3. Listen carefully, and name five things you can hear.
4. Notice five things you can feel in contact with your body. (E.g. your watch against your wrist, your trousers against your legs, the air upon your face, your feet upon the floor, your back against the chair etc.

More exercises here and elsewhere on the web. You can also find some ED-focused forms online to virtually chat with people.

You might want to check if there's a SMART meeting in your area. They're free and teach anyone with any addiction cognitive techniques to not engage in their addiction. There are also 12 step meetings you could go to. Search online for an Overeaters Anonymous meeting near you (don't let the name fool you--it's for people with any food issues).

Good luck!
posted by oceanview at 3:35 PM on July 27, 2015 [17 favorites]

I was also going to suggest mindfulness - one aspect of it that you might find useful is the idea that if you try really hard to push an unpleasant sensation away (like your post-meal anxiety - both the thoughts and the physical sensations) that actually makes it worse. Instead, mindfulness gradually teaches you to just observe that anxiety and accept that it's there, which can help stop you from getting anxious about the fact that you're anxious and so on - it kind of short-circuits the spiral and replaces it with "OK, I'm feeling this pretty unpleasant physical sensation, and these particular thoughts, but they're just feelings and thoughts, let them be," and the whole thing becomes a little more manageable.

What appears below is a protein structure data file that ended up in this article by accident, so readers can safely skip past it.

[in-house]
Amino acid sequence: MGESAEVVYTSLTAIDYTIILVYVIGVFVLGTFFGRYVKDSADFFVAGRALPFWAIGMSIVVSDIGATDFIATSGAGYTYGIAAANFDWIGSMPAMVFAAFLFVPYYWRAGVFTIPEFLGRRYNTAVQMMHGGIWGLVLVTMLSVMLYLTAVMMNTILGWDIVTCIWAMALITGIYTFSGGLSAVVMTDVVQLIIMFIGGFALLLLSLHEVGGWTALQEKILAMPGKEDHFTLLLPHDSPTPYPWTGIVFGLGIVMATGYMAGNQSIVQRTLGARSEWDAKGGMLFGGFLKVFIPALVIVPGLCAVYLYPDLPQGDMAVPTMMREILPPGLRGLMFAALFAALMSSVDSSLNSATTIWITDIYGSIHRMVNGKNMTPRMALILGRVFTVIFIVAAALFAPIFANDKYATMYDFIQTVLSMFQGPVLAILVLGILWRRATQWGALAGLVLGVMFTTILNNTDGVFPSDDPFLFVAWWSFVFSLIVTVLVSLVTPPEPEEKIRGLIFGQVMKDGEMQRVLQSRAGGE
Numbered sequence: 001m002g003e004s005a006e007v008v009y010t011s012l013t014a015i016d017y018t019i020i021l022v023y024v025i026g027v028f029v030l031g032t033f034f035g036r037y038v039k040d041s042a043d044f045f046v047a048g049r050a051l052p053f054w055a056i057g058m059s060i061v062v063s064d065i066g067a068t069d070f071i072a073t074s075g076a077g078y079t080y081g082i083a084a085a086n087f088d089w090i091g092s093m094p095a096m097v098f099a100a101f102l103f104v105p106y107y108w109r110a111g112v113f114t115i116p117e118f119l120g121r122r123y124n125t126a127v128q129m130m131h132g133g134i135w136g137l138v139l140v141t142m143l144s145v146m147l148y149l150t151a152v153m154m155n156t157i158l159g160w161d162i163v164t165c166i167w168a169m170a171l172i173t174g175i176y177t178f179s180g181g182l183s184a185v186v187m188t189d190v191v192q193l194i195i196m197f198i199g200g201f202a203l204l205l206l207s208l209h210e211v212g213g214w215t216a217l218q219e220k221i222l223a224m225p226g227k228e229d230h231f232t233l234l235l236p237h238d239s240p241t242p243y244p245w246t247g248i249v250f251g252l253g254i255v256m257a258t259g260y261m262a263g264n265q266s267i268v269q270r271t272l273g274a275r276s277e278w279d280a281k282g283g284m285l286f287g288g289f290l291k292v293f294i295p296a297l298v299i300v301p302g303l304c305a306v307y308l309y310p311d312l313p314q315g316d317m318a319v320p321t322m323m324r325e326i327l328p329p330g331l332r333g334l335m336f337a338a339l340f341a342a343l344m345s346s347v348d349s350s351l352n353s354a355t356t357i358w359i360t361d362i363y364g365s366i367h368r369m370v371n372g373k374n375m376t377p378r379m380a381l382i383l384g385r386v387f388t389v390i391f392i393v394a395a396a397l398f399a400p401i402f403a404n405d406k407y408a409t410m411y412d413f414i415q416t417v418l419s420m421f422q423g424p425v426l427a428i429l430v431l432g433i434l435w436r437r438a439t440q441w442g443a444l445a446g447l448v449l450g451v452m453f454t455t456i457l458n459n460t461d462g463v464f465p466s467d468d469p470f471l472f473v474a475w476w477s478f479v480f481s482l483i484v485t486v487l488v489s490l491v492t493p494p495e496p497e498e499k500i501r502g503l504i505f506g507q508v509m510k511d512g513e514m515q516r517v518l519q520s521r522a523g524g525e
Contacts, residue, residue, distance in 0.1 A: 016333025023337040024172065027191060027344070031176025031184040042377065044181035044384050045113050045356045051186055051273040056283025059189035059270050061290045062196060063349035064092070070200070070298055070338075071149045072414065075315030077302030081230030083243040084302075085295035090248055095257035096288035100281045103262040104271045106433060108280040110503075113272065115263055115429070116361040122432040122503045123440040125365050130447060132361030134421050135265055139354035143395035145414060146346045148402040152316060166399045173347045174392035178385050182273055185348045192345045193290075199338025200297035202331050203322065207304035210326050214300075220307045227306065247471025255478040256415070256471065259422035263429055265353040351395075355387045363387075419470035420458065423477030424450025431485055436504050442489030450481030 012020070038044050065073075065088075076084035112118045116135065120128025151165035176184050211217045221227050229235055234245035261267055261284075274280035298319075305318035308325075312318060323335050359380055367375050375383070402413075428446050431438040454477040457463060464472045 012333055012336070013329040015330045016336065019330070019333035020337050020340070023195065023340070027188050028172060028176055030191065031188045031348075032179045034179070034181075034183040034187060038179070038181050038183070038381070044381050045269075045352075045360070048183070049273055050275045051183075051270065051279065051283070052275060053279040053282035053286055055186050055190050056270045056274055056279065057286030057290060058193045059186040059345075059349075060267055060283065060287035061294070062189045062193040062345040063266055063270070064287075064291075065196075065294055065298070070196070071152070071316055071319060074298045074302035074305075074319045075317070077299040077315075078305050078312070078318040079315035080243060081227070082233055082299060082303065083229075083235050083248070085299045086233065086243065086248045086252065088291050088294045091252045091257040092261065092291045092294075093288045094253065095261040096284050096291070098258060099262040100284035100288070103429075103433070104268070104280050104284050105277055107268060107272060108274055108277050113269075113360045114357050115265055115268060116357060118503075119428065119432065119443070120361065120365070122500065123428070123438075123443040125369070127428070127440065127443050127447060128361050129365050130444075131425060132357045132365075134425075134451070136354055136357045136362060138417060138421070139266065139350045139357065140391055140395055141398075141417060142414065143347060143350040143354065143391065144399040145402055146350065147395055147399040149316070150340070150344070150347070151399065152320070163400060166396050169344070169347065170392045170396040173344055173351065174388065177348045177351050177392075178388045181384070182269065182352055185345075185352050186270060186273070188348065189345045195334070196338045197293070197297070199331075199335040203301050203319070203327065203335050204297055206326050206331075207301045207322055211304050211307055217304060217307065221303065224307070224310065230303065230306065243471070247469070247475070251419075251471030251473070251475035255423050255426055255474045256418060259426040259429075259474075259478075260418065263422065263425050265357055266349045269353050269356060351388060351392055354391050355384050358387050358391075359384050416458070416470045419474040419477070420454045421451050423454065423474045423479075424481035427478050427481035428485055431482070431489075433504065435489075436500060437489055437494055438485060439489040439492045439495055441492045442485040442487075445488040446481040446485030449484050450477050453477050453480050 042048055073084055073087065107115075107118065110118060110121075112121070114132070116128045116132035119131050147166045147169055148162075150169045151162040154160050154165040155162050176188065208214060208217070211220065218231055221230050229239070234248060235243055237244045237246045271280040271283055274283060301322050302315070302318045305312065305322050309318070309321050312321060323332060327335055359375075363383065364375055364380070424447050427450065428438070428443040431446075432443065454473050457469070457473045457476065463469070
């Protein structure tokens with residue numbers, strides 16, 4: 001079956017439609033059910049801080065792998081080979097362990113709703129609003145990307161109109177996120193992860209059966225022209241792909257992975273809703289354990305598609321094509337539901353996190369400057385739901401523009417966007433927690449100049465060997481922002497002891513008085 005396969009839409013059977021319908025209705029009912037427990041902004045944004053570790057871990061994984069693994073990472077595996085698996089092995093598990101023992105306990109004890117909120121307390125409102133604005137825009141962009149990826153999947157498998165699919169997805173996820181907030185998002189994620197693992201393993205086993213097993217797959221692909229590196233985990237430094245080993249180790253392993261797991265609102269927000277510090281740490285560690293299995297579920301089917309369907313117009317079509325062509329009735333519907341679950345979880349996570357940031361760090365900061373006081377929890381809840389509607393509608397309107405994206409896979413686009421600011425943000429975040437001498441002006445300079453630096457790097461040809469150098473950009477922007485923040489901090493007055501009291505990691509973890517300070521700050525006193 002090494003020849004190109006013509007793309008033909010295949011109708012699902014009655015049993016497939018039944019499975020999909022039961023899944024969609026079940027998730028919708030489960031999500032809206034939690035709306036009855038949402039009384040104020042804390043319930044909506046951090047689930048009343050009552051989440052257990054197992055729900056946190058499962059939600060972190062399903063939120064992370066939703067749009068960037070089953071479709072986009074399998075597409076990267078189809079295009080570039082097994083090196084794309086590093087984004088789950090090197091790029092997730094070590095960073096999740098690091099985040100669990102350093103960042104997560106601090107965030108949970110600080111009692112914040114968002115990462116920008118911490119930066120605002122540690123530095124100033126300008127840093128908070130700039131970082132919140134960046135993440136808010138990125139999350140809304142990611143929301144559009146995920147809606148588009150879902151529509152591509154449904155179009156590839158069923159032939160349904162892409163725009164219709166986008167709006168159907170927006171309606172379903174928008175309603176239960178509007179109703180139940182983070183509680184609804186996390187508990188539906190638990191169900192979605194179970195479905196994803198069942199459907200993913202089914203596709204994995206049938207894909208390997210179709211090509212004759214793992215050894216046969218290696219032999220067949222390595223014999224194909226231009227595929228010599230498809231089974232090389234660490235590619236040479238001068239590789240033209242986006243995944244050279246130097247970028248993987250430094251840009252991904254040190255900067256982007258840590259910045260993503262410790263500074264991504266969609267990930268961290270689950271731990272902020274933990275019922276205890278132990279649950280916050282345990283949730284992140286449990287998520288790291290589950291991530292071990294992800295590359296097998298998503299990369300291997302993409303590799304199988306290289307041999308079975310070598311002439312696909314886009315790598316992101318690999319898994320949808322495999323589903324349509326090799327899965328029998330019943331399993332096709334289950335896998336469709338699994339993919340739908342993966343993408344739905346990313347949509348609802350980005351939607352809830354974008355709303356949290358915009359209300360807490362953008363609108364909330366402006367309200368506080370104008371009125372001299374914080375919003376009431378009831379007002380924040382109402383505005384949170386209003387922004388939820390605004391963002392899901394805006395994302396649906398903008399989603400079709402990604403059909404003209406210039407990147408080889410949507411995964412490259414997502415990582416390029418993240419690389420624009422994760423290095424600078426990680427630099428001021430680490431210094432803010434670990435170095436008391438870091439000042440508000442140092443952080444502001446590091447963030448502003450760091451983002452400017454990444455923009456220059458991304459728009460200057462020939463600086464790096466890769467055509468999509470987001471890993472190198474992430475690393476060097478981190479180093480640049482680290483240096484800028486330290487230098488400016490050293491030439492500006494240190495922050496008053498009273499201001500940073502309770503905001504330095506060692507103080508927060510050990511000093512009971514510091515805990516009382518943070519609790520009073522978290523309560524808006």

I've explained that really awfully, sorry! But if you look up mindfulness on AskMe you'll find lots of links to resources which I think might help you learn to handle this particular crunch-point.

Oh, in fact one meditation that springs to mind which you might find useful is Kristin Neff's self-compassion meditation for working with difficult emotions in the body. If you can try it regularly over a sustained period, you're most likely to see the benefit. More about Kristin Neff and self-compassion here. Good luck!